Many in France, where suspicion of globalisation and financial markets runs deep, have found a new hero in a young man who subverted the system and allegedly lost his bank five billion euros.
For Societe Generale bank, trader Jerome Kerviel is a "crook, fraudster and terrorist" but for many here Kerviel is a scapegoat whose action has exposed what they see as the outrageous greed of global finance.
"He is the product of a system that pushes people into taking huge risks in the pursuit of huge profits," said 29-year-old office worker Marie Fournier.
"All he did was get carried away by that system and take it to extremes. He may well have done us all a service by reminding us what goes on," she said as she took a walk in central Paris during her lunchbreak.
....The French Communist Party went as far as comparing Kerviel to Alfred Dreyfus, the Jewish army captain whose dismissal more than a century ago on trumped-up charges of spying triggered a protracted national crisis.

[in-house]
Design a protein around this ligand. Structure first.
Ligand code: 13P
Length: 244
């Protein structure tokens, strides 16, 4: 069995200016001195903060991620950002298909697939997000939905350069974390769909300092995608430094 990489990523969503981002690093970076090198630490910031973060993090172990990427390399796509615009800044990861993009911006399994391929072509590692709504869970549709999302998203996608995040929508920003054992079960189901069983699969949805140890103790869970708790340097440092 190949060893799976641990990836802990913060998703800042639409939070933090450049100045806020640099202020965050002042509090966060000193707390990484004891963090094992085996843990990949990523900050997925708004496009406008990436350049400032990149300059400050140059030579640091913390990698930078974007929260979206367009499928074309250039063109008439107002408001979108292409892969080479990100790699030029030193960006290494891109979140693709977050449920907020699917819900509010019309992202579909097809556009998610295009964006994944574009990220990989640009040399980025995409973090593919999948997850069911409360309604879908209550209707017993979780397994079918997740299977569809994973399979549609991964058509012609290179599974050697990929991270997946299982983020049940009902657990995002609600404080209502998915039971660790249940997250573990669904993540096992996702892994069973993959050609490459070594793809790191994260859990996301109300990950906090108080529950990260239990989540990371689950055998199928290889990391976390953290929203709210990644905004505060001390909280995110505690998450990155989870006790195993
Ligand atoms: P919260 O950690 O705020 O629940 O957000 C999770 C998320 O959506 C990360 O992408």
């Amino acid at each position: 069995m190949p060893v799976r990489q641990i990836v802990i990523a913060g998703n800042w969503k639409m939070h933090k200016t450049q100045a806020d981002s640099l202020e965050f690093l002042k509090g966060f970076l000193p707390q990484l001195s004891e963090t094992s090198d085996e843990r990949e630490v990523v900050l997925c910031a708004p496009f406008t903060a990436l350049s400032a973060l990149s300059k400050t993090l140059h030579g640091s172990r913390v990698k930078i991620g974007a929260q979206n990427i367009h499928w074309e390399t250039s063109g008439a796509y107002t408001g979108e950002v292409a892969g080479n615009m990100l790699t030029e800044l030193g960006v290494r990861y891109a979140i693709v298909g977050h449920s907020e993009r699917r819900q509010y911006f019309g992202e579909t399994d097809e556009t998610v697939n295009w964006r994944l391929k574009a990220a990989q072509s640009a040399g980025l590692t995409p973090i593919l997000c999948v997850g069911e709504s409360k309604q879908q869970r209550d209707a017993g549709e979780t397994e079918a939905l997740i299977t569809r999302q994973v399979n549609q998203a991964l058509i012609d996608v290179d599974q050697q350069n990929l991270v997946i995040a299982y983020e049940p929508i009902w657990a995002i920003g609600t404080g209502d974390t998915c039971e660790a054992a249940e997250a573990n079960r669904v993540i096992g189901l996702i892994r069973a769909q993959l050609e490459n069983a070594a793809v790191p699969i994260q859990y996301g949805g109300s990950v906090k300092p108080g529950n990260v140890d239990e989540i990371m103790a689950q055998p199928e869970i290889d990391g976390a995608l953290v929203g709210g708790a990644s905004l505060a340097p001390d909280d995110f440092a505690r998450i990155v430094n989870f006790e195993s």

Dominique Moisi of the French Institute of International Relations said Kerviel has become a hero for some because of "the feeling (in France) that the very rich are always getting their way and that relatively modest agents are used as scapegoats."
"But of course this is something you could expect in a country where part of the left and a large section of the population is still anti-globalisation and anti-capitalism," he told AFP.
.... Kerviel, a seemingly unremarkable young man who has now entered the annals of financial history, has also become a cyberspace star, with a burgeoning cult on the Facebook social networking site and numerous websites dedicated to him.